The first patient has been dosed in a Phase III trial assessing ViroMed’s VM202, the first pivotal study of a gene therapy indicated for patients with nonhealing diabetic foot ulcers (NHU) and concomitant peripheral artery disease (PAD).
The Phase III trial (NCT02563522) is a double-blind, placebo-controlled, multicenter study designed to evaluate VM202 for safety and efficacy in 300 adults with a diabetic foot ulcer and concomitant PAD. Two hundred patients will be randomized to VM202 and the other 100 to placebo, ViroMed’s U.S. division VM BioPharma said yesterday.
Patients will receive ongoing wound care for the duration of the trial, the company added.
The primary clinical endpoint will be the proportion of subjects with confirmed target wound closure by the 4-month follow-up. Secondary endpoints will include changes in ankle-brachial index and toe-brachial index.
The trial is the second Phase III study of VM202; the first study assessed the drug in another indication, painful diabetic peripheral neuropathy.
VM202 is a plasmid DNA containing the human hepatocyte growth factor (HGF) gene that in vivo produces two isoforms of HGF proteins naturally found in the human body. HGF is a growth factor that induces angiogenesis and acts as a neurotrophic factor to the peripheral nervous system.
Upon injection into a patient's muscle, VM202 is taken up by cells that produce the HGF protein. VM202 is believed to provide clinical benefit to patients with diabetic NHU, since upon its release from skeletal muscle cells, HGF may induce new blood vessel formation locally by activating various signaling pathways.
“This is a unique and promising approach to addressing nonhealing wounds,” said David Armstrong, DPM, M.D., Ph.D., co-principal investigator of the Phase III study and distinguished outreach professor of surgery at the University of Arizona and director of the Southwestern Academic Limb Salvage Alliance (SALSA).
“A positive outcome could be revolutionary in a population with limited or no options for improving their chance of complete ulcer healing,” Dr. Armstrong added.
Current standard of care for NHU includes debridement of the wound, management of any infection, revascularization procedures when they are indicated, mechanical offloading of the ulcer, blood glucose control, and foot care education. However, these strategies produce healing in only about half of ulcers, while 25% of open wounds progress to gangrene or require amputation.
Worse, development of new drugs for diabetic foot ulcer has been stymied by clinical trial setbacks. In August 2016, Adocia halted development of BioChaperone® (BC) PDGF for diabetic foot ulcer following its failure in a Phase III trial. Two months later in October 2016, Dipexium Pharmaceuticals acknowledged topline results showing that its diabetic foot ulcer candidate Locilex® (pexiganan cream 0.8%) failed two Phase III trials. Dipexium has since merged with PLx Pharma, in a deal completed April 19.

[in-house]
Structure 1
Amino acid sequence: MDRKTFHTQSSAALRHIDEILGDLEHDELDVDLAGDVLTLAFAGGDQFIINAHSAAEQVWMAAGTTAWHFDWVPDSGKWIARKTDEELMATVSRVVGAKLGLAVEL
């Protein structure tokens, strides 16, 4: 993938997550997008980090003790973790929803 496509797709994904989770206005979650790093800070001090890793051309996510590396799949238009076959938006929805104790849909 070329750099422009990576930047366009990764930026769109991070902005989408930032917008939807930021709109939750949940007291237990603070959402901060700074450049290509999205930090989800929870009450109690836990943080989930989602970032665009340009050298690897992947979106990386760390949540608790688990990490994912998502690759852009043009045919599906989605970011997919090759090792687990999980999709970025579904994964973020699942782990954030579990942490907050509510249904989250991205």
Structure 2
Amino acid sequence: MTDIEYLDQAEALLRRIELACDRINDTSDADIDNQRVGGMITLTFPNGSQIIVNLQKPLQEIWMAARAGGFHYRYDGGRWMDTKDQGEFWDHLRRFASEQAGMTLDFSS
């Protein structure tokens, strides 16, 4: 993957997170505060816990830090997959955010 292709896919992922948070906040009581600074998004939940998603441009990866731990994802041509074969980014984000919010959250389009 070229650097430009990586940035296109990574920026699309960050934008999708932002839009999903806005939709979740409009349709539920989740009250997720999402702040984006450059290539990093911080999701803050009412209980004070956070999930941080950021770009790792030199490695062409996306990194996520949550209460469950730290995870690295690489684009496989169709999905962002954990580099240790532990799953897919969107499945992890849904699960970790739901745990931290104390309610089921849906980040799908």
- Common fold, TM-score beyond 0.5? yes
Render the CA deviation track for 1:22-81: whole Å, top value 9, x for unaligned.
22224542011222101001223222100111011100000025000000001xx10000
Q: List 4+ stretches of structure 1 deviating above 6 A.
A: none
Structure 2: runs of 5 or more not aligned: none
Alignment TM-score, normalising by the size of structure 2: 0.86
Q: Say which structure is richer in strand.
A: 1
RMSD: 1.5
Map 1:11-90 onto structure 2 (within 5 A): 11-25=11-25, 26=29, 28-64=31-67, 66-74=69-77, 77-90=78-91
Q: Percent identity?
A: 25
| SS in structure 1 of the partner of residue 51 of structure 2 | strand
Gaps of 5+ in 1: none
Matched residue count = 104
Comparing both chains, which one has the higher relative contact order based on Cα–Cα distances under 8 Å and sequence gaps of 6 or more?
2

VM202, however, showed potential last year in a Phase II trial for treating foot ulcers in critical limb ischemia patients taking both high (16 mg total) and low (8 mg total) doses. For ulcer healing, 62% of ulcers treated with high-dose VM202 healed completely, compared to 11% of ulcers treated with placebo 12 months after treatment. Also, 71% of high-dose VM202 patients showed increased transcutaneous oxygen (TcPO2) levels, versus 33% of placebo patients.
“There have been numerous efforts to treat foot ulcers, mostly involving complex wound dressings. VM202 stands to alter the lower leg's ischemic environment, one of the critical causes of this condition, and these pivotal data will help us better understand the potential of this novel approach that could improve the quality of life for the millions of patients who suffer from this debilitating condition,” added ViroMed CSO Sunyoung Kim, D.Phil.
VM202 has also succeeded in a Phase II trial in patients with painful diabetic peripheral neuropathy and advanced in that indication to an ongoing Phase III study (NCT02427464). The candidate has also successfully completed a Phase I/II study for amyotrophic lateral sclerosis (ALS) in the U.S, while a Phase I trial is to be launched in South Korea evaluating VM202 in coronary artery disease.